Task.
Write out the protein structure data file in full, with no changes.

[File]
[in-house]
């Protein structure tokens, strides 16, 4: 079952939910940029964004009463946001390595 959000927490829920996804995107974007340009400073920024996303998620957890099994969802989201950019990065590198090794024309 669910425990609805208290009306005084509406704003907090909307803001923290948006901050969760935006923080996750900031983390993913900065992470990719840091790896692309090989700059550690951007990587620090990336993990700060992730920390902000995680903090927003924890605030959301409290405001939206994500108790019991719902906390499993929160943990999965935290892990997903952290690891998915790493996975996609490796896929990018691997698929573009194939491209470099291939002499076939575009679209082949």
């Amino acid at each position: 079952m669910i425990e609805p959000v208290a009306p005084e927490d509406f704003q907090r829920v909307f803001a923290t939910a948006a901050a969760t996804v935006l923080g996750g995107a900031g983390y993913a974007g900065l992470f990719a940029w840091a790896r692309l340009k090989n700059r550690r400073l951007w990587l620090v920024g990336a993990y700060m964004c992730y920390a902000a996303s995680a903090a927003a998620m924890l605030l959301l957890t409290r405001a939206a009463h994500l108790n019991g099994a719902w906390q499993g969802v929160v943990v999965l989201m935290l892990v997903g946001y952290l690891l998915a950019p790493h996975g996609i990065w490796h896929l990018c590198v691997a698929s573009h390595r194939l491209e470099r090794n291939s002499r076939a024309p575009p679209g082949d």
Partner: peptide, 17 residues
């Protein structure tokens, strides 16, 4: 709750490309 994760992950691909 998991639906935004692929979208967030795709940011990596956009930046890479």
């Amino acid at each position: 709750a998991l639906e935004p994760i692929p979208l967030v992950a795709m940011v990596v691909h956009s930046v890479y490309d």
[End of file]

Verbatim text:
[in-house]
């Protein structure tokens, strides 16, 4: 079952939910940029964004009463946001390595 959000927490829920996804995107974007340009400073920024996303998620957890099994969802989201950019990065590198090794024309 669910425990609805208290009306005084509406704003907090909307803001923290948006901050969760935006923080996750900031983390993913900065992470990719840091790896692309090989700059550690951007990587620090990336993990700060992730920390902000995680903090927003924890605030959301409290405001939206994500108790019991719902906390499993929160943990999965935290892990997903952290690891998915790493996975996609490796896929990018691997698929573009194939491209470099291939002499076939575009679209082949």
């Amino acid at each position: 079952m669910i425990e609805p959000v208290a009306p005084e927490d509406f704003q907090r829920v909307f803001a923290t939910a948006a901050a969760t996804v935006l923080g996750g995107a900031g983390y993913a974007g900065l992470f990719a940029w840091a790896r692309l340009k090989n700059r550690r400073l951007w990587l620090v920024g990336a993990y700060m964004c992730y920390a902000a996303s995680a903090a927003a998620m924890l605030l959301l957890t409290r405001a939206a009463h994500l108790n019991g099994a719902w906390q499993g969802v929160v943990v999965l989201m935290l892990v997903g946001y952290l690891l998915a950019p790493h996975g996609i990065w490796h896929l990018c590198v691997a698929s573009h390595r194939l491209e470099r090794n291939s002499r076939a024309p575009p679209g082949d």
Partner: peptide, 17 residues
């Protein structure tokens, strides 16, 4: 709750490309 994760992950691909 998991639906935004692929979208967030795709940011990596956009930046890479």
């Amino acid at each position: 709750a998991l639906e935004p994760i692929p979208l967030v992950a795709m940011v990596v691909h956009s930046v890479y490309d």